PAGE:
The 13th hole is a very interesting 399 yard par 4 and one of my favorites on the course. This teebox is set up surrounded by tight trees, but the fairway is by far the most generous and open at Meadow Brook. To provide options here, Rulewich sculpted a set of diagonal bunkers running across the fairway from 220 yards on the right to 270 yards on the left. The aggressive play is to carry these bunkers, but laying up is a respectable option. This green is also notable, featuring an elongated and heavily undulating design lined by mounds of rough and a large bunker short left.
At 436 yards, the 14th hole is a long, straightaway par 4 featuring a narrow fairway lined by trees. This hole doesn’t really stand out in any way but is notable for an elevated, two-tiered, back-to-front sloped green defended by a bunker short right and large grass swale left.
Meadow Brook is notorious for being a long course and the 15th is the longest hole in Rhode Island as a 629 yard par 5. In addition to its prodigious length that makes it a three-shot hole for almost everyone, this is also arguably the tightest hole on the course with thick forest on both sides. The lay-up offers more intrigue with a cleverly positioned bunker down the left about 170 yards short of the green you must avoid. The fairway slopes downhill and to the right after this bunker only to run back uphill to an elevated back-to-front sloped green. A series of three bunkers guards the right side of the green and makes this one of the prettier approaches on the course.
The 16th is another straightaway treelined par 4 that does very little for me at 429 yards. After an accurate drive, this approach plays slightly uphill to a two-tiered, back-to-front sloped green defended by bunkers on either side short.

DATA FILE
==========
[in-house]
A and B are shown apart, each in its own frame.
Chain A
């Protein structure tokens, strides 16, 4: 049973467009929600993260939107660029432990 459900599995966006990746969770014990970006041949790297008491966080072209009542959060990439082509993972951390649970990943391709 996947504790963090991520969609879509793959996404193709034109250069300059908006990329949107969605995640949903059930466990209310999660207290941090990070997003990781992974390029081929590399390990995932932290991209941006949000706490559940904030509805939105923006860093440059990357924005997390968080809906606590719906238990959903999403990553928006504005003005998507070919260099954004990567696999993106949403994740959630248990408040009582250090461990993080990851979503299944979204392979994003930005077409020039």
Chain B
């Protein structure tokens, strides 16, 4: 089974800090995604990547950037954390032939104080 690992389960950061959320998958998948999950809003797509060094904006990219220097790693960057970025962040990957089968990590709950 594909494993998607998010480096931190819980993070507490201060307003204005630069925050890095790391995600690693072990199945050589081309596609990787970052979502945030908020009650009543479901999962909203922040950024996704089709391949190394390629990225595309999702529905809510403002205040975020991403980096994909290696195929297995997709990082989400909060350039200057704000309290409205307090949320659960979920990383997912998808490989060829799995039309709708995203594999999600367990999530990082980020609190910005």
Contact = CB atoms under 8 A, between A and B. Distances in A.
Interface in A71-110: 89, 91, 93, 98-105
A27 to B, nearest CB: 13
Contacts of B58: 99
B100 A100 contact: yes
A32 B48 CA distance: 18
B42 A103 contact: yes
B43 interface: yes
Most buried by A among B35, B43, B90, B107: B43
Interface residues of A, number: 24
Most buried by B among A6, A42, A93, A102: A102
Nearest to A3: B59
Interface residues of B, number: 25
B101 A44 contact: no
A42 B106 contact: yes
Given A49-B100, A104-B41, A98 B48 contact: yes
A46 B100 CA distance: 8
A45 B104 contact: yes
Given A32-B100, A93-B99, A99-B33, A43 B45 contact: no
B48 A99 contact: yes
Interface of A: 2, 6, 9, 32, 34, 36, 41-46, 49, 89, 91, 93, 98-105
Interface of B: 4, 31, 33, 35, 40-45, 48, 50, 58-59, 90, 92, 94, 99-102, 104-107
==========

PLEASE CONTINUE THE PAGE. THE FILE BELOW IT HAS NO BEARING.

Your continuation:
Officially 168 yards, the par 3 17th is another hole that can play a variety of lengths due to its giant green that spans at least 50 yards front-to-back. Playing over water initially, this attractive one-shotter features a back-to-front sloped green lined by a large bunker to the far right that really shouldn’t be in play.
At 390 yards, the closing hole is one of the shortest par fours on the course but doesn’t lack in drama or beauty. While not a true Cape hole, this dogleg left features a razor-thin fairway lined by water left the entire way. This green juts out over the water down the left and slopes hard back-to-front with three bunkers built into the hill long.
General Comments: While the clubhouse is cozy and spacious, the practice facilities at Meadow Brook are sorely lacking. There is a small practice green by the 1st tee and no driving range. As mentioned above, the routing is a bit awkward at Meadow Brook and the architects did not utilize the land in the best way with regard to practice areas and clubhouse. Pace of play has been average when I’ve played.
Verdict: While Newport National is the prized gem of Rhode Island public golf, Meadow Brook is an underrated course that offers better value and fantastic conditions. This is a course I would recommend to anyone in the area.